Concrete Building

Healthy concrete

Concrete is long-lasting and strong, but a collaboration with a hospital could help to make it more durable in harsh conditions.

Author

Cass Proudfoot

Deakin University has a lab full of concrete spa baths. These spa baths aren’t made of concrete, but rather they are spa baths to put pieces of concrete into. This is all part of a project to test salt water and weather effects on concrete, and to produce concrete that is more durable.

The corrosion of steel bars used in concrete construction is a major issue, and the team at Deakin is testing a plastic additive in the concrete mix, with the expectation that it will extend the service life of concrete buildings, pools and retaining walls.

The plastic they are using is high-grade single use plastic, left over from dialysis treatment in hospitals. This is ordinarily a waste product and with more than 12,000 Australians on dialysis, about 5,100 tonnes of this plastic waste is produced per year.

The concrete researchers, led by Dr Riyadh Al-Ameri, have added a two per cent measure of elongated plastic fibres to a normal concrete mix without removal of any original mix component. Dr Al-Ameri is a senior lecturer in structural engineering, and began his career working in concrete construction as a site engineer on large housing projects.

‘Concrete can crack and damage the internal bond, which can then lead to water penetration and corrosion of the steel bars, critical for providing the strength and integrity of concrete structures,’ he explains.

‘If we are able to facilitate the production of new types of concrete that will offer better protection, give structures longer life and better performance, as well as help recycle plastic waste, that will be a great achievement.’

The plastic they are using is left over from dialysis treatment in hospitals

The team has trialled various amounts of plastic fibres in the concrete mix, from 0.5 per cent, up to two percent plastic. ‘Since we are targeting structural concrete, we are very careful in the concrete mix proportions and shall conduct many tests to verify the concrete quality,’ Dr Al-Almeri says.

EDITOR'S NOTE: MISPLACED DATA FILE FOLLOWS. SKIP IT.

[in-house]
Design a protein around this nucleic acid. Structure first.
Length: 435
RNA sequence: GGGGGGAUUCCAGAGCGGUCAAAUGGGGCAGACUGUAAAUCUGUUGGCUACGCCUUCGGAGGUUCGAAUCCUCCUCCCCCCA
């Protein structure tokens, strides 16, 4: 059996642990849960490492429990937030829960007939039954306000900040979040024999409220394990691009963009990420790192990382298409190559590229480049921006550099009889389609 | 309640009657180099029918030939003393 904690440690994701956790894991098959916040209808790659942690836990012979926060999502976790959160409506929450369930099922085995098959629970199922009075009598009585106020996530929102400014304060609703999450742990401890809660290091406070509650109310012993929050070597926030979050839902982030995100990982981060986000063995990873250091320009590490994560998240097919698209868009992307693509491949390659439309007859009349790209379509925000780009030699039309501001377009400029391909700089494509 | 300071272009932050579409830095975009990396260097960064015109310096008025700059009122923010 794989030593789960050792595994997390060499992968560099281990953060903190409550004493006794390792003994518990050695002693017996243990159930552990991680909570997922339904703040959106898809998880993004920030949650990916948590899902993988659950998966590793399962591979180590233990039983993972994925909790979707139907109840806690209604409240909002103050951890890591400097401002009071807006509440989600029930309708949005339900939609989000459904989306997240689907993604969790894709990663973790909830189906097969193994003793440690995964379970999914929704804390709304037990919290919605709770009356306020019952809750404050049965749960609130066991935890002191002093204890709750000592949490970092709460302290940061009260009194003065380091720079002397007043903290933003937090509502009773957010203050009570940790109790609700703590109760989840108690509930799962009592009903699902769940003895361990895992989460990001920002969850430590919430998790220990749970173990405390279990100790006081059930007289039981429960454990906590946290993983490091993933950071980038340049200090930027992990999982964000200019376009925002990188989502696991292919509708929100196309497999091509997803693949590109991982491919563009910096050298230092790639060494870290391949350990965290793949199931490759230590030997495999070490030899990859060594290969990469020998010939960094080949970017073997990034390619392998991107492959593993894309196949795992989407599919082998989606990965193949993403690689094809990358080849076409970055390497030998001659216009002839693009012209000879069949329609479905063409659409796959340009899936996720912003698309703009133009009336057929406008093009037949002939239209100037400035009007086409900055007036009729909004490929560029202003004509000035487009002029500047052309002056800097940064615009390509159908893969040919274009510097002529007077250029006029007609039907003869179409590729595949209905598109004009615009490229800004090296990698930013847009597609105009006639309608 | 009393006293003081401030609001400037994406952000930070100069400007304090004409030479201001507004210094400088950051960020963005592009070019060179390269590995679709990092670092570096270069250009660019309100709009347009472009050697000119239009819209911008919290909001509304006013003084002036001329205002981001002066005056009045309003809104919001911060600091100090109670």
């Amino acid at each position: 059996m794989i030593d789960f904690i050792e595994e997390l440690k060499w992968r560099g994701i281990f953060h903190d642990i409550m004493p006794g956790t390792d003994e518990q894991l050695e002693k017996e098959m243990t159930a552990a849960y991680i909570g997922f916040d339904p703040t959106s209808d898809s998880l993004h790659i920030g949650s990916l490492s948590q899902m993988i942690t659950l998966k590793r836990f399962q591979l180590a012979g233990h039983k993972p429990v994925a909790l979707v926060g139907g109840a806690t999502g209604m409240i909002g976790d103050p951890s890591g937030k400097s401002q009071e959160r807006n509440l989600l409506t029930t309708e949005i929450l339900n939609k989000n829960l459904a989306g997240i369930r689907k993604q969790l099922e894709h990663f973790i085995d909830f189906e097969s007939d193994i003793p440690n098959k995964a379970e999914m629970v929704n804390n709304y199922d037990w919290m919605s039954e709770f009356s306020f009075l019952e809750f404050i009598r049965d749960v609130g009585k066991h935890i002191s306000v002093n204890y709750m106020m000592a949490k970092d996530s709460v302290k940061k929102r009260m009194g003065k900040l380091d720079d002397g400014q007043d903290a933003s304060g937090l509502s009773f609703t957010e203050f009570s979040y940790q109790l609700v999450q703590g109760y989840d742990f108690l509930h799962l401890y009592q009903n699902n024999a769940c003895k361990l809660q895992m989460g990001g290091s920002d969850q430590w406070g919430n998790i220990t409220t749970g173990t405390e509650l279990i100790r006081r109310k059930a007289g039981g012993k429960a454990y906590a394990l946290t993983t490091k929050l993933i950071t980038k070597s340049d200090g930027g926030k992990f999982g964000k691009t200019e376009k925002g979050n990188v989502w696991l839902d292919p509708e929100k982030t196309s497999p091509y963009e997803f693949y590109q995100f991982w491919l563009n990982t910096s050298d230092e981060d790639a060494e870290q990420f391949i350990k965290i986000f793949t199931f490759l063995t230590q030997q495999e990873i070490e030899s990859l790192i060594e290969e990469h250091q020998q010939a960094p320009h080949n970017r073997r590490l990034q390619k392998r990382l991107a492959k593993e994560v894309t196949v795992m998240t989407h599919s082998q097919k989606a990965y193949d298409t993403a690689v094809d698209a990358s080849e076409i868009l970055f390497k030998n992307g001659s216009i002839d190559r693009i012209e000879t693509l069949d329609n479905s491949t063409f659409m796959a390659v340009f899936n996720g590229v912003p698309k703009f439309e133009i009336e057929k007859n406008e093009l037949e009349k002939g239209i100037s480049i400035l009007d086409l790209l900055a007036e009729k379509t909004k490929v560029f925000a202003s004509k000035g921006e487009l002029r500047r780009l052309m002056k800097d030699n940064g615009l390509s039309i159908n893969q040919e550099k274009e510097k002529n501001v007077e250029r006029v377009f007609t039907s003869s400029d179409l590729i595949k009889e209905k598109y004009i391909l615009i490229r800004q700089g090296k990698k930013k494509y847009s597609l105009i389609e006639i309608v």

Given concrete’s long life, research on how it stands up to weather could be a slow process. So the team has created a purpose-built accelerated weather station at Deakin’s School of Engineering to simulate harsh marine weather exposure.

‘One month in the lab is equivalent to approximately one year outside, so we can observe the behaviour of the material quickly and efficiently,’ Dr Al-Ameri says.

‘Wet and dry cycles can have a big impact on the durability of the concrete, and sea water has chloride, which is very harmful to both concrete and steel reinforcement.’

The test results are very promising, showing a 30 per cent reduction in the water absorption rate in concrete with added plastic waste fibres, a significant change. And importantly there was no significant reduction in concrete compressive and tensile strength.

The potential to gainfully reuse single-use plastic and create a concrete product with qualities superior to current concrete products is hugely exciting for Dr Al-Ameri. The testing continues under ever more rigorous conditions, and if all goes well, a commercially available version of this concrete could be on the market in 2019.

Dr Al-Ameri

Dr Al-Ameri in Deakin’s Waurn Ponds concrete lab
Photo courtesy Donna Squire

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